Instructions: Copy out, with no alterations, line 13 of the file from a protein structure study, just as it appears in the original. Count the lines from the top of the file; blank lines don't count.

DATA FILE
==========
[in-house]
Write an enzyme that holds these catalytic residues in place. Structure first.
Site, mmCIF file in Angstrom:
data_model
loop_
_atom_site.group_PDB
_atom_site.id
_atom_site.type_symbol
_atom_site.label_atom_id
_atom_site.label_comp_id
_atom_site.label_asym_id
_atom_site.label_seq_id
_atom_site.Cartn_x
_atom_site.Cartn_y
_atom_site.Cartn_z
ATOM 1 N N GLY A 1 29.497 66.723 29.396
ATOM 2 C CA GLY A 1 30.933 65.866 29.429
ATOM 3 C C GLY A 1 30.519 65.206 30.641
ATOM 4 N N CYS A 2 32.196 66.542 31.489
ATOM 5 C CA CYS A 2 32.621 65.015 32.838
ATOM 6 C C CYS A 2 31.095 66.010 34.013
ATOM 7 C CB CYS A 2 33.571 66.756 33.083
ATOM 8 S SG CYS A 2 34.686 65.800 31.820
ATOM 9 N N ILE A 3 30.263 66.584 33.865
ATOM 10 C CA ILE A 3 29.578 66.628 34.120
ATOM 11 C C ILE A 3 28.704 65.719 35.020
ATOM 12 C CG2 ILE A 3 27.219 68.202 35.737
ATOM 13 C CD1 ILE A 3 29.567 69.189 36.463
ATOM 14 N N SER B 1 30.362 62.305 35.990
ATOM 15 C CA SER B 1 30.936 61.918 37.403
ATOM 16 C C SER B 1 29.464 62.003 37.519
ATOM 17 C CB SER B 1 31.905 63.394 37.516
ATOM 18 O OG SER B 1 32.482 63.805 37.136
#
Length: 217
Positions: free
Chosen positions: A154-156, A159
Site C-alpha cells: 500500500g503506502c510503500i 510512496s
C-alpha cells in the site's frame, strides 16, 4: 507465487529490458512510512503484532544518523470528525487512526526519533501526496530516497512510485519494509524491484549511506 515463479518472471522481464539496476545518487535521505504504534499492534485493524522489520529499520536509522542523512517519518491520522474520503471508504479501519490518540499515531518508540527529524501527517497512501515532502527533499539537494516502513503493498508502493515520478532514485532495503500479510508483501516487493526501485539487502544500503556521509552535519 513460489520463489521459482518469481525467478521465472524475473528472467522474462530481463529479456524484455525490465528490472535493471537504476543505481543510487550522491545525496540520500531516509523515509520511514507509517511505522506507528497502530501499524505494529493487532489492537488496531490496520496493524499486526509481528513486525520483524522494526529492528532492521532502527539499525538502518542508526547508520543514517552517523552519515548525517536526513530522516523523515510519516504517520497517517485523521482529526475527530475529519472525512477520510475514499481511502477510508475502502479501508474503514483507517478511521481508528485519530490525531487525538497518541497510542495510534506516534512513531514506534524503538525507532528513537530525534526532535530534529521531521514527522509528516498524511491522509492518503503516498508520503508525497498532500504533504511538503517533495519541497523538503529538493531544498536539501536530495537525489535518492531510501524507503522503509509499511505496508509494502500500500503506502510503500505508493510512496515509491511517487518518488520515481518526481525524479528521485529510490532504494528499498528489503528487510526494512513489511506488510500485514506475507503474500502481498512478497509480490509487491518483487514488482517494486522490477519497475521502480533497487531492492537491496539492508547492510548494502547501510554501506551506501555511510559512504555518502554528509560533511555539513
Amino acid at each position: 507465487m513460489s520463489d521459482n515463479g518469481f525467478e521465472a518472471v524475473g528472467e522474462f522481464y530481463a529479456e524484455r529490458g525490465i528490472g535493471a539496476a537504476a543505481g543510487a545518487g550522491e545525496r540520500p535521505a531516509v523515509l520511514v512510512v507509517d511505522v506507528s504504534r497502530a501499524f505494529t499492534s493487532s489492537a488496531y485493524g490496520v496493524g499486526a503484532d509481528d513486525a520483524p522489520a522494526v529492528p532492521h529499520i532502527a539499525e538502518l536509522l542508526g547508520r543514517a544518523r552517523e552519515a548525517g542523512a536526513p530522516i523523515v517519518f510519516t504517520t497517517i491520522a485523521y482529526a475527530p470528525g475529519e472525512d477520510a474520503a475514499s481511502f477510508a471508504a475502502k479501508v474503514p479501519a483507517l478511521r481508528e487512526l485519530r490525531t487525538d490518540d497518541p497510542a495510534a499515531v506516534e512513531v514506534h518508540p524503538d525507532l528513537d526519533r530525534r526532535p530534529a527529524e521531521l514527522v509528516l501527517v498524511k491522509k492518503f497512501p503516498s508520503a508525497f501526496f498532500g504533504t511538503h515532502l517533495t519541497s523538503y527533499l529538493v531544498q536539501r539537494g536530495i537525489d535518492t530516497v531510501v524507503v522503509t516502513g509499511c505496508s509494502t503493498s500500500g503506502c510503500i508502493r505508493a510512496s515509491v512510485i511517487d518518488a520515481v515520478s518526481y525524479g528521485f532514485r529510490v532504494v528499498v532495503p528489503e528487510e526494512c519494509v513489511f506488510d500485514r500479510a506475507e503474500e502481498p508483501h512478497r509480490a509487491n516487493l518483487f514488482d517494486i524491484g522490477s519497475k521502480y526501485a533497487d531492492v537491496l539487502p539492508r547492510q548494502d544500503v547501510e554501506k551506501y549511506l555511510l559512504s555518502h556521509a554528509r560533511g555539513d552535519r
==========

_atom_site.Cartn_x